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Old 07-17-2013, 01:34 PM   #21
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I feel for you. Our Jack Russell has very bad separation anxiety. When we got him we are his 4th owner and he was just 18 months old. He never had a chance to really bond with any owner, just when it started to happen he went to a new owner. While he was in the living room with the DH I dropped a pan lid and you know what a noise it makes....Low and behold he NEVER reacted to it.......HE IS DEAF. No wonder he was given away so many times.
He is now crate trained, is learning sign language, but the DH can't leave his sight at times. We are trying the "Thunder Shirt" to see if that helps with the anxiety.
We put an old blanket in his kennel, when we leave I hide special treats in the blanket. Also going to try something new that I read about. Put treats and peanut butter in a Kong and freeze it, so that he will have to work for his treat.
Maybe it will help. We have now had him for 18 months!!!!
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Old 07-17-2013, 01:43 PM   #22
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A thunder shirt will help a small amount. For a dog with that much anxiety, you'll probably not see much effect. Same with Rescue Remedy.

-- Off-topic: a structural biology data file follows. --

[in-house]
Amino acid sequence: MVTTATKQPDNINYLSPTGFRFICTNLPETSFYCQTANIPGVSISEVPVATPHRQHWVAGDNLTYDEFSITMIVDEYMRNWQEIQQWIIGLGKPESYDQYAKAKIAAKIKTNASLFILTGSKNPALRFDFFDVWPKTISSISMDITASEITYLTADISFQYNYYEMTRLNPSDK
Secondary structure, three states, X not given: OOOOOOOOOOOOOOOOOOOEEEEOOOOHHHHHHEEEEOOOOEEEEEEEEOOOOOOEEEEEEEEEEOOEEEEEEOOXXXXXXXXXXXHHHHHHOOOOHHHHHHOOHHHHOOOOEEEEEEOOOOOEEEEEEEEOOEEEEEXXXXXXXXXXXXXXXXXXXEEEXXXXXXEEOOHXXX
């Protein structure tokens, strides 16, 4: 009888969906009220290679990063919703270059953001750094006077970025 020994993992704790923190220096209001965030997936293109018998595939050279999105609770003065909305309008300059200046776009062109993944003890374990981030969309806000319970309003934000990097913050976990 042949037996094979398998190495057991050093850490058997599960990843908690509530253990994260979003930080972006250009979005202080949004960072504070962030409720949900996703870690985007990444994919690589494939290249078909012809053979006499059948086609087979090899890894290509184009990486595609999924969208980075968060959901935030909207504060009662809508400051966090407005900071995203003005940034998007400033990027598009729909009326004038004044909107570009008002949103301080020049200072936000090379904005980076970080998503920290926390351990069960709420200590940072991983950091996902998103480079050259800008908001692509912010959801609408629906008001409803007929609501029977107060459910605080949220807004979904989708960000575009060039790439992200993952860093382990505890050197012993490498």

For crate training, let her go in on her own. Tell her "kennel" (or "crate" or "bedtime" or whatever key word you choose to use). If you clicker train, click immediately. Otherwise, use "yes!" and treat IMMEDIATELY. Tell her "ok" to come out. Keep going. Small periods of time, like 5 seconds in the crate, is all you're going for.

HUGE amounts of praise for small intervals is where you need to start. HIGH value treats - cheese, peanut butter, hot dogs. Something she loves. And throw a freaking party when she goes in willingly.

The goal is to get her to want to please you and for it to be fun. Keep training sessions short, 5 to 10 minutes max. Only a couple times a day.

Shoving her in a crate, locking it closed, and hoping for the best is only going to reinforce what she is already doing. You have to take massive steps back and be willing to commit the time to doing this. Otherwise you will both end up too frustrated and she has got to be confused.
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Old 07-17-2013, 02:31 PM   #23
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Darlene, thanks for the advice, and thanks for reminding me about 'hotdogs'. I agree that crate training sessions should result in alot of praise when the dog does something right, on their own. And that the sessions should only be 5-10 min.

But I live alone, so what should I do with my dog when I have to leave the house....let her run thru the house and destroy whatever she wants? I don't have friends or family that can come over at the drop of a hat to stay with my dog....besides if I did it often, that would be a good reason for people to NOT answer their phone when I call.
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Old 07-17-2013, 03:09 PM   #24